Route: Caldbeck

Area: Northern Lake District 

Date of walk: 29th June 2023

Walkers: Andrew and Gilly

Distance: 2.6 miles

Ascent: 250 feet

Weather: Sunny

Caldbeck is an unspoilt traditional fell village and its remote location in the far north of the Lake District ensures its tranquillity. The area is unfrequented and for anyone wishing to get away from the madding crowds it’s an ideal centre for walkers who prefer solitude. A glance at the Ordnance Survey map reveals a network of public footpaths radiating out of the village in all directions and giving numerous opportunities for circular walks, both long and short. At the start of today’s walk we parked in the free village car park. We hadn’t decided on the exact route as the length of the walk would depend on my new knee, still recovering from the operation in February. The plan was to walk beside Whelpo Beck to Howk, home to an old bobbin mill, and we’d improvise from there

The path to Howk may be found at the end of the car park, but before setting off we did a quick circular detour around Caldbeck, visiting St Kentigern’s Church (or St Mungo’s Church) along the way. The churchyard is the resting place of Mary Harrison, (the Beauty of Buttermere), and John Peel the famous huntsman. On arriving back at the car park we set off along the easy path to Howk which runs along the north bank of Whelpo Beck. We soon arrived at the preserved ruins of the old Bobbin Mill, situated within a natural limestone gorge.These are the remains of a 19th century bobbin mill, built to help meet the huge demand from Lancashire’s textile industry, which once boasted the largest overshot wheel in the country, measuring 3ft wide and with a 42ft diameter. The mill began production in 1857 and made bobbins for the cotton industry. Wood for the bobbins came from areas of ancient coppiced woodland in the valley and surrounding area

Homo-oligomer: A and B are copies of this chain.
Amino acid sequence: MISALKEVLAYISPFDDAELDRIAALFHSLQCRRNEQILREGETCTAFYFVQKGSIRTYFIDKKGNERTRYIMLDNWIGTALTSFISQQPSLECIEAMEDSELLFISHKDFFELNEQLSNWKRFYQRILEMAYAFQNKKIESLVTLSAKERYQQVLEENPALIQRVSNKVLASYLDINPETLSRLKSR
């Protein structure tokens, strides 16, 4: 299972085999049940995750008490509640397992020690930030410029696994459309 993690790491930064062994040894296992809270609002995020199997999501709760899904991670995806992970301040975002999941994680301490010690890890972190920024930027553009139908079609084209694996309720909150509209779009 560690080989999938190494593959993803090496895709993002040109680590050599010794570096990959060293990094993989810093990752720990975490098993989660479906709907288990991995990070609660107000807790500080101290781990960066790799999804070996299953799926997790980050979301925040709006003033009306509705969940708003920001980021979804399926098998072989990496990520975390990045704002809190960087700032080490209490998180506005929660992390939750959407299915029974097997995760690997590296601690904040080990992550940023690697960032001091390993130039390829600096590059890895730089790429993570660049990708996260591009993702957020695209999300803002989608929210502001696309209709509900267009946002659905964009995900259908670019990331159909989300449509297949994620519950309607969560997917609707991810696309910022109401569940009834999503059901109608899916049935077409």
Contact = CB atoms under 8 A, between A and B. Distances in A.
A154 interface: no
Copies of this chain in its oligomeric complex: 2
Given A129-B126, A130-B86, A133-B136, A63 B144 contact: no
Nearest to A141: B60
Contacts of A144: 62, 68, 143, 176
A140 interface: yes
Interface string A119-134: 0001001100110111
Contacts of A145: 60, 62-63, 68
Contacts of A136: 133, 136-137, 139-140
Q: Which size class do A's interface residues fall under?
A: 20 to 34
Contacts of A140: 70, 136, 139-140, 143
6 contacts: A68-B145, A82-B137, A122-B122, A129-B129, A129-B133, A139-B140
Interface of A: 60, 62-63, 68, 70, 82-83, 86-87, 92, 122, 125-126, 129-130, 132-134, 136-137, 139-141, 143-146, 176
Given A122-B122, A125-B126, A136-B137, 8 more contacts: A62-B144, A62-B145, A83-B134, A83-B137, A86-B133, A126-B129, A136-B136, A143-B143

We continued beside the beck, passing by several waterfalls along the way and ignoring a couple of opportunities to shorten the walk. After reaching a bridge leading to Beckstones we left the beck and turned right uphill, enjoying some lovely views back to the Caldbeck fells as we gained height. We then turned right again to begin the gentle descent back into Caldbeck through a succession of fields and meadows. On arriving back in the village we walked around the old duck pond and then retraced our steps back to the start. We didn’t see any other walkers along the way, and resolved to return here

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